Active galaxy in the MS 0735.6+7421 cluster
Credit:NASA/CXC/Univ. Waterloo/B.McNamara; Optical: NASA/ESA/STScI/Univ. Waterloo/B.McNamara; Radio: NRAO/Ohio Univ./L.Birzan et al.

Feasting and Burping

Voracious beasts lie in galaxies' dark hearts, supermassive black holes which have swallowed billions of suns. But even in clusters of dozens of galaxies, one often stands out. A case in point is the galaxy cluster called MS 0735.6+7421, shown above in an optical image taken by the Hubble Space Telescope's Advanced Camera for Surveys instrument. Dozen of member galaxies can be seen in the ACS image. In blue, a huge cloud of extremely hot gas is detected by the ACIS instrument on the Chandra X-ray Observatory. This gas exists at enormous pressure but is held in place by the extremely large gravitational well produced by the dark matter in the cluster. The darkest of dark matter of course are the black holes. An enormous black hole lies at the center of the brightest cluster galaxy seen near the center of the image. The radio telescopes of the Very Large Array find jets of radio emitting charged particles shown in red in the above image. Astronomers believe this black hole has recently swallowed an enormous amount of matter, producing an eruption which generated enormous cavities in the hot gas.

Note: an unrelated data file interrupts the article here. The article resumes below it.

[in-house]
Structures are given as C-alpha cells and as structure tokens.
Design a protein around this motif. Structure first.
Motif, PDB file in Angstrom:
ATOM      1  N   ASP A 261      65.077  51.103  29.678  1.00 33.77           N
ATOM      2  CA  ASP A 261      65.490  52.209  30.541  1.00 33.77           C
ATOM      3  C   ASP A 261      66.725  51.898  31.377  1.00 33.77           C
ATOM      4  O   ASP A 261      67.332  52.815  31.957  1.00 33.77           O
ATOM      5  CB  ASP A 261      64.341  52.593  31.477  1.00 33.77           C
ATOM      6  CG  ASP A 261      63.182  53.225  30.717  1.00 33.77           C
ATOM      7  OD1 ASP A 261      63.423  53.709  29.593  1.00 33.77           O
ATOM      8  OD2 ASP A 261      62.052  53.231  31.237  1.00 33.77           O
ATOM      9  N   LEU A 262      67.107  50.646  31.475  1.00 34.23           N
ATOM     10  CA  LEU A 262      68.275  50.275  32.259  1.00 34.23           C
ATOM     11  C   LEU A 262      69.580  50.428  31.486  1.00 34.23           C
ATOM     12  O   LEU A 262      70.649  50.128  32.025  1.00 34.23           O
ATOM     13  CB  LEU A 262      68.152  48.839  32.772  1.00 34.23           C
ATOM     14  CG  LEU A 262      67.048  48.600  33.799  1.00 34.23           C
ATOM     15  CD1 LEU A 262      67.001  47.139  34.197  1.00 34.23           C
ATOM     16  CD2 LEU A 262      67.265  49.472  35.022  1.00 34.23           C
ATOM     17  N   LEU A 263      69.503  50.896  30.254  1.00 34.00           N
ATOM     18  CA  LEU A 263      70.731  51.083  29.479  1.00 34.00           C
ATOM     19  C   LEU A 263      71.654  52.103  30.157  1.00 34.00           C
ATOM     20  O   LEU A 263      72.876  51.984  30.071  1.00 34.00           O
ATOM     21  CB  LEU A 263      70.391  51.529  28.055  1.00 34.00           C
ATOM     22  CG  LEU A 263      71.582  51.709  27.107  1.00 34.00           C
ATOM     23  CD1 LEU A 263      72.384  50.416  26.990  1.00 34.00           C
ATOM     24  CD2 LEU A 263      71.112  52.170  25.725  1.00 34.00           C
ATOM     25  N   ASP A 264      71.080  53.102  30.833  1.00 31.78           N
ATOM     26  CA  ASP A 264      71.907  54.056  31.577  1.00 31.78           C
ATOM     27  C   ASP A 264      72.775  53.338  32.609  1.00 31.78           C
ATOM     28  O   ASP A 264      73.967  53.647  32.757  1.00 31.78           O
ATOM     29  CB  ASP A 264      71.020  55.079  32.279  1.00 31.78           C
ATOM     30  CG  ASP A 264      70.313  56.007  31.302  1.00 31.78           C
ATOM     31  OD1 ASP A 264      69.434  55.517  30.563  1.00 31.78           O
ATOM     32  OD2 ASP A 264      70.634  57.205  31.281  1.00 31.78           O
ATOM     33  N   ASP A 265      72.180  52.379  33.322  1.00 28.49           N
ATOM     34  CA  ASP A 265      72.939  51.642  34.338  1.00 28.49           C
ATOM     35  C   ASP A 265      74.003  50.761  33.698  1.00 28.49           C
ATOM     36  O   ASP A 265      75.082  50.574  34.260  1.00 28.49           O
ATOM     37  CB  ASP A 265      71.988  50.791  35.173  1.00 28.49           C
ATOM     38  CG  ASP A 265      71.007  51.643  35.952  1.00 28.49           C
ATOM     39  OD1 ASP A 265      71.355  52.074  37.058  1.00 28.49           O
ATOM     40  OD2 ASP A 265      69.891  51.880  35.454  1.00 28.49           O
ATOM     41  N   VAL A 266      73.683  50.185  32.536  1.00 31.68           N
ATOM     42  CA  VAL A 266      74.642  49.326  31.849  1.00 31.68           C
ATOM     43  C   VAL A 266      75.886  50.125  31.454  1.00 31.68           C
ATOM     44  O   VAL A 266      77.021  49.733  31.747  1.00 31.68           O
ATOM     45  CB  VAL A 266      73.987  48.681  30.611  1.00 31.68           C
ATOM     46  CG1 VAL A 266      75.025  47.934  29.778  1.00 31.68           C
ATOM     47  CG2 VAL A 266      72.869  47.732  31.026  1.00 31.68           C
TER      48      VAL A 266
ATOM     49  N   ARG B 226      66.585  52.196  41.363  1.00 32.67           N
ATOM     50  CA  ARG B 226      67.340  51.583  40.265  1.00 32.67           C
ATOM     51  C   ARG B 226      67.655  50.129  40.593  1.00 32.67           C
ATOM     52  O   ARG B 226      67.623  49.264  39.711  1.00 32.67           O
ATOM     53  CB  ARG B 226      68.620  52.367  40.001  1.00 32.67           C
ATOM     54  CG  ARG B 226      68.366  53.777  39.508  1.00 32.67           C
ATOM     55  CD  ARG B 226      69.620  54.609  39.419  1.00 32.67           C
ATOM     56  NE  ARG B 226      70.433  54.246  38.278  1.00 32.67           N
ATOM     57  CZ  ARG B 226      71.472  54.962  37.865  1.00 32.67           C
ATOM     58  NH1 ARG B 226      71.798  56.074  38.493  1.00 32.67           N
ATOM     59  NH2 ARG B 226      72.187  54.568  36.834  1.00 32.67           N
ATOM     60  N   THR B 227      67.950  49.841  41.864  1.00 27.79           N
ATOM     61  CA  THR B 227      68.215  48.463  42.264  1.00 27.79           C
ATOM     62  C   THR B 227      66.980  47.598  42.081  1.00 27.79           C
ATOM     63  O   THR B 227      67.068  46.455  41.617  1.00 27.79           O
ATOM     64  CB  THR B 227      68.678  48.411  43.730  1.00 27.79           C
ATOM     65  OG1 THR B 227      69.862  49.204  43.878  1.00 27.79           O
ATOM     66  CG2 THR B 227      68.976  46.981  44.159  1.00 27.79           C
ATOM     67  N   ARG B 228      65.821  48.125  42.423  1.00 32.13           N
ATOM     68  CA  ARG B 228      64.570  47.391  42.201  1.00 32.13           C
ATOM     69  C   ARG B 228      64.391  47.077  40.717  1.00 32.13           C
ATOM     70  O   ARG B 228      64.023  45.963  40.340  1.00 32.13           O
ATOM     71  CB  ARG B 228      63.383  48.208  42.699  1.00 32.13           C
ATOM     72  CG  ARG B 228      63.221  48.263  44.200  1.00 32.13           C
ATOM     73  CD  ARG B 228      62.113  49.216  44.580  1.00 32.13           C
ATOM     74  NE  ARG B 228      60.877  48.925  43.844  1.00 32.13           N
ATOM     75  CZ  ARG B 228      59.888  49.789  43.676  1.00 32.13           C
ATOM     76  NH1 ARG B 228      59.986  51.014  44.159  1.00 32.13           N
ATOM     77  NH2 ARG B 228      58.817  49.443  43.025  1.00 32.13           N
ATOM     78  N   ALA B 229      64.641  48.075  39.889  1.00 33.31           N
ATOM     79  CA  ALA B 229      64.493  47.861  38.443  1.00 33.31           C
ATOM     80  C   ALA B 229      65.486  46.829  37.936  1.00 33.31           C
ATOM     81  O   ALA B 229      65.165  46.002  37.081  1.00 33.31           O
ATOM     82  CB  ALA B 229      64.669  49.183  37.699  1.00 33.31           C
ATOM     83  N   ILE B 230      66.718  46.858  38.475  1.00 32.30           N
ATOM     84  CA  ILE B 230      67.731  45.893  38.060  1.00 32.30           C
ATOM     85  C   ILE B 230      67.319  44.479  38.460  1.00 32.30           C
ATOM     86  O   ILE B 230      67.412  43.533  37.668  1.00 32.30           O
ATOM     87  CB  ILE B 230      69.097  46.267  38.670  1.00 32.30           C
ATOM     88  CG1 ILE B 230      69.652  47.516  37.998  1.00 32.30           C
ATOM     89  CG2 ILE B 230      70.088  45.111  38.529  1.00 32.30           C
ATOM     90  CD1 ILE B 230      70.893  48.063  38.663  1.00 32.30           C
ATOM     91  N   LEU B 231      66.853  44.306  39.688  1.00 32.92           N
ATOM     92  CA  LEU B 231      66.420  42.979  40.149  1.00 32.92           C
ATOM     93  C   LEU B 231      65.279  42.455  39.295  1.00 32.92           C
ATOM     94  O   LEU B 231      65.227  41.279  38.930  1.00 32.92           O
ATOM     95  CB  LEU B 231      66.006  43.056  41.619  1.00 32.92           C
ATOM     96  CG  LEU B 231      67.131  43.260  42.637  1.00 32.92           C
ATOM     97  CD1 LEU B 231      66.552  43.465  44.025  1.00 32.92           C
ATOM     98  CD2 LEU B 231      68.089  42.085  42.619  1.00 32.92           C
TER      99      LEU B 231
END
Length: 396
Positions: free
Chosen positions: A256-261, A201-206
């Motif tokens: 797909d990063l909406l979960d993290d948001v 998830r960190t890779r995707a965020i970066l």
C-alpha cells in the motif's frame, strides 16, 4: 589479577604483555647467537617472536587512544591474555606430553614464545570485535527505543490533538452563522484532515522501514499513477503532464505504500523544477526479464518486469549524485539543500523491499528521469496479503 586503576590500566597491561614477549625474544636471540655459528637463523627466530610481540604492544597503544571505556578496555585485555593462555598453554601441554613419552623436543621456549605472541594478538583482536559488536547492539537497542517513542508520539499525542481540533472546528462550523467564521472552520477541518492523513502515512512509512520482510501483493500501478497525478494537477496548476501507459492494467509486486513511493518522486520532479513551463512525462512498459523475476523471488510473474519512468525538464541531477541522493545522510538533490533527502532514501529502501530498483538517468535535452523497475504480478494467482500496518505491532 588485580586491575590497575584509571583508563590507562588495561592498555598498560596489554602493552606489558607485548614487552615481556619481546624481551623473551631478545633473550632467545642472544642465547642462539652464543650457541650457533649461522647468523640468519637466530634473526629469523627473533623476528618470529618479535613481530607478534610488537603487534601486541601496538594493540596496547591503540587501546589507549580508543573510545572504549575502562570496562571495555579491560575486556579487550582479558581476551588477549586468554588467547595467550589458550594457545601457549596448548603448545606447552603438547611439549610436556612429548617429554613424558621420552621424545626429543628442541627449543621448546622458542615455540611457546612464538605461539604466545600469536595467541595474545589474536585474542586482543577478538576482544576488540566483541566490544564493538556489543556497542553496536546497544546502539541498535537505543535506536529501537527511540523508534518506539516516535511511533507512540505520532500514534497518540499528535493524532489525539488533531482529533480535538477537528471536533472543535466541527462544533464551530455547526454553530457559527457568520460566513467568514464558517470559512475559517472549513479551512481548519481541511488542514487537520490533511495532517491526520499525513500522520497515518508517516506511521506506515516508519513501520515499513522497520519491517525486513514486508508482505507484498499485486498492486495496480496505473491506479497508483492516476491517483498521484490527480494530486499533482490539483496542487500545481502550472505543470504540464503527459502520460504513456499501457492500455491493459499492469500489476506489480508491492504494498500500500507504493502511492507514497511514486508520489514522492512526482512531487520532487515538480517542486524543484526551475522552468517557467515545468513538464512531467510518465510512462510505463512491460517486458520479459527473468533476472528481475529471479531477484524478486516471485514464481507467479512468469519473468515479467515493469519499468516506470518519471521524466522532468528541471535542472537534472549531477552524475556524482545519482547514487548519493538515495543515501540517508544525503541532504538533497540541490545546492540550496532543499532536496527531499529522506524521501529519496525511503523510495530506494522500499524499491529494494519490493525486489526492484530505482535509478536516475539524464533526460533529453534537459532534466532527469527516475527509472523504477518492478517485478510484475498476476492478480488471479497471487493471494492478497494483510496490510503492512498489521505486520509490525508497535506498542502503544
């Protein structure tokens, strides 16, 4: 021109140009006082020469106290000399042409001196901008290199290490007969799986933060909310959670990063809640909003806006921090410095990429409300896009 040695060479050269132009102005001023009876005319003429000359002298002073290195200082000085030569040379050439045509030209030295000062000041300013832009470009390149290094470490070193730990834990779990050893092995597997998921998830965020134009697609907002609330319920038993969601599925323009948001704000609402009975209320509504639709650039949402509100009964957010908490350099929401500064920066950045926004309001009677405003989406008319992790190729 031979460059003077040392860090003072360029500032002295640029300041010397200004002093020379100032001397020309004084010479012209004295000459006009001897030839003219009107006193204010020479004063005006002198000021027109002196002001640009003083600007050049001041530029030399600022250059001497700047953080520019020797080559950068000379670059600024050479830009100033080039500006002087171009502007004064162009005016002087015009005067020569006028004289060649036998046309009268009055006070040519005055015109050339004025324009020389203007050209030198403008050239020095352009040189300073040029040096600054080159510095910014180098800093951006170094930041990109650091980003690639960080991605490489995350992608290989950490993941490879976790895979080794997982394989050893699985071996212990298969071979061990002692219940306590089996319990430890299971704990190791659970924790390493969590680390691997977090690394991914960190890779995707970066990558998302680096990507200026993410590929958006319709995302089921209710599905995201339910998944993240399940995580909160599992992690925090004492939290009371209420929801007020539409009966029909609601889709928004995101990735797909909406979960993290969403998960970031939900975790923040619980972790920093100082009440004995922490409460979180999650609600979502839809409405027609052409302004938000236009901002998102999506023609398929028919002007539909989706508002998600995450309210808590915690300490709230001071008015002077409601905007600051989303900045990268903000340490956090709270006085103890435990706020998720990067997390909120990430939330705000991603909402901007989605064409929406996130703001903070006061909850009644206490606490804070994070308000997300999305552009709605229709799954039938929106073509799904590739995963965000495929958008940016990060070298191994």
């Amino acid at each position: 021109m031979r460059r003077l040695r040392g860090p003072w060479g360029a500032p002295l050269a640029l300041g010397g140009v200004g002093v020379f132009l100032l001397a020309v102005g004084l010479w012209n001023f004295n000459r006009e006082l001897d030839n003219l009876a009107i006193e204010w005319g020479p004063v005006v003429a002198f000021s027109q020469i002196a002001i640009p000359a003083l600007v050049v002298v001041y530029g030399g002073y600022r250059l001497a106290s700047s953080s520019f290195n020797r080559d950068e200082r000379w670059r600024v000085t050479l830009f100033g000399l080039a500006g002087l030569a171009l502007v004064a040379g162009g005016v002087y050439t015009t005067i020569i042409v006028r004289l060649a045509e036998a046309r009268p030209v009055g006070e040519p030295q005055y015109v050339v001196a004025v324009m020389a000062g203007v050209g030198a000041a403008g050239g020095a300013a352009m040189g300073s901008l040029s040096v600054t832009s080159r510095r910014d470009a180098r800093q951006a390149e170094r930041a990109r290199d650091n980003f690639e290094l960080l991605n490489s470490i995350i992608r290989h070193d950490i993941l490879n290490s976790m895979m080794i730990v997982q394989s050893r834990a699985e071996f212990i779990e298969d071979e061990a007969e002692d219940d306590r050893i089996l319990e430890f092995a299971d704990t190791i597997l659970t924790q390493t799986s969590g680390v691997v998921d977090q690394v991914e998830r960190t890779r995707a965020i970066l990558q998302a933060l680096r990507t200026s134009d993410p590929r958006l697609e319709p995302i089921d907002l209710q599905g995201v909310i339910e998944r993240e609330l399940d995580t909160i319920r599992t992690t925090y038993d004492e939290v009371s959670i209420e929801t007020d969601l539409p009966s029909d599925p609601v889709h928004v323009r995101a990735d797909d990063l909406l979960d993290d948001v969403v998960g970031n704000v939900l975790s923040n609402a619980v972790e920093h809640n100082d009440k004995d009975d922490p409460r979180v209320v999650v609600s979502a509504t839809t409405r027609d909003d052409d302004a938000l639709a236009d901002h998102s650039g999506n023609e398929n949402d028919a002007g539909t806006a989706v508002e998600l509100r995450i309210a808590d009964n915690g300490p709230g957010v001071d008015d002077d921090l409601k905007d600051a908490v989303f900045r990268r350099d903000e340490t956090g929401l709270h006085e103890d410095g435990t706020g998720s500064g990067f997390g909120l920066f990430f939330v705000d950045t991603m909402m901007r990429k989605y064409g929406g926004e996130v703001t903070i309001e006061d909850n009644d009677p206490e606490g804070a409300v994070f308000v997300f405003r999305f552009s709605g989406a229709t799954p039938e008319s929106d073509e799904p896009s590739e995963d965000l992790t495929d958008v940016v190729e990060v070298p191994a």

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Page Author: Dr. Michael F. Corcoran
Last modified Friday, 20-Apr-2012 15:11:21 EDT